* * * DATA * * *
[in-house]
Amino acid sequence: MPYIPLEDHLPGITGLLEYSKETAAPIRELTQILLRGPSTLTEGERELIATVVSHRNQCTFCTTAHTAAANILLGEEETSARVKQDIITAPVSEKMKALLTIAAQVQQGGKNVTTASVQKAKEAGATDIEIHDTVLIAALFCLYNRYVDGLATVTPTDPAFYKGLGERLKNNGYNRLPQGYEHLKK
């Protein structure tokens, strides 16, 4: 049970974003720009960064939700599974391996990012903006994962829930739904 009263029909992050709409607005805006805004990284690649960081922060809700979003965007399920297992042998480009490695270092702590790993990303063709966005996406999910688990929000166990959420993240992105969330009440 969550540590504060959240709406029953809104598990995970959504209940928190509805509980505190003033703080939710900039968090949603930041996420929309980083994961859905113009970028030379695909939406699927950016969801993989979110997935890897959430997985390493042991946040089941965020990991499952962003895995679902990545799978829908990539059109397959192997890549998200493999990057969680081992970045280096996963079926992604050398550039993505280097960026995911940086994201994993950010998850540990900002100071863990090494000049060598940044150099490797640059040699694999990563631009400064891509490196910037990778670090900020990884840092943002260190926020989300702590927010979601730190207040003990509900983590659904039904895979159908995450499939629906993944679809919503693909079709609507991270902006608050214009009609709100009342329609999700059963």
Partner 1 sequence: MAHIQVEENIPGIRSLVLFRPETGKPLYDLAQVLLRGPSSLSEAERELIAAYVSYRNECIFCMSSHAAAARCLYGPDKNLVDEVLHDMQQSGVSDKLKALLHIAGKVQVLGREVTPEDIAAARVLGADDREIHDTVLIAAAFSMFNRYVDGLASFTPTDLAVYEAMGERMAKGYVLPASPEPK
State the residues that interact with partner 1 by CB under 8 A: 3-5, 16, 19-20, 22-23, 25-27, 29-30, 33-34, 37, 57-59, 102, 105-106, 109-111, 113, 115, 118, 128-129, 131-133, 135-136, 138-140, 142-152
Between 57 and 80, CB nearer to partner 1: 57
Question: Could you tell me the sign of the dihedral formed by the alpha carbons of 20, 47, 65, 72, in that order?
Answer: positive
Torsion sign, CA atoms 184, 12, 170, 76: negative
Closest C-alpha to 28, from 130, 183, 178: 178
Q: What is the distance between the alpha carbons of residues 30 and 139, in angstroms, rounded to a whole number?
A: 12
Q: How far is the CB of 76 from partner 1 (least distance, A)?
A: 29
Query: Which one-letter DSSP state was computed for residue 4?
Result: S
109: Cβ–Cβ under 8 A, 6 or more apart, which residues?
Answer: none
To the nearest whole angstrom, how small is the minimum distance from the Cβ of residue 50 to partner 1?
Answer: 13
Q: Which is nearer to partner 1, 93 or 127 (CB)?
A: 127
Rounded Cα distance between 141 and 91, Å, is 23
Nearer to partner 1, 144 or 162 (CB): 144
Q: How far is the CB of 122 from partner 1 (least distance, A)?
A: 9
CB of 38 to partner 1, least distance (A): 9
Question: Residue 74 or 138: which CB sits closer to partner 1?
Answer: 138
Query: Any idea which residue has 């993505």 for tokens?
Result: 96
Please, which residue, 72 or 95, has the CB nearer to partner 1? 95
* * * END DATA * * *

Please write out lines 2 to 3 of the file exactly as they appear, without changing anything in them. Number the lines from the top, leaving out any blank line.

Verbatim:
Amino acid sequence: MPYIPLEDHLPGITGLLEYSKETAAPIRELTQILLRGPSTLTEGERELIATVVSHRNQCTFCTTAHTAAANILLGEEETSARVKQDIITAPVSEKMKALLTIAAQVQQGGKNVTTASVQKAKEAGATDIEIHDTVLIAALFCLYNRYVDGLATVTPTDPAFYKGLGERLKNNGYNRLPQGYEHLKK
């Protein structure tokens, strides 16, 4: 049970974003720009960064939700599974391996990012903006994962829930739904 009263029909992050709409607005805006805004990284690649960081922060809700979003965007399920297992042998480009490695270092702590790993990303063709966005996406999910688990929000166990959420993240992105969330009440 969550540590504060959240709406029953809104598990995970959504209940928190509805509980505190003033703080939710900039968090949603930041996420929309980083994961859905113009970028030379695909939406699927950016969801993989979110997935890897959430997985390493042991946040089941965020990991499952962003895995679902990545799978829908990539059109397959192997890549998200493999990057969680081992970045280096996963079926992604050398550039993505280097960026995911940086994201994993950010998850540990900002100071863990090494000049060598940044150099490797640059040699694999990563631009400064891509490196910037990778670090900020990884840092943002260190926020989300702590927010979601730190207040003990509900983590659904039904895979159908995450499939629906993944679809919503693909079709609507991270902006608050214009009609709100009342329609999700059963």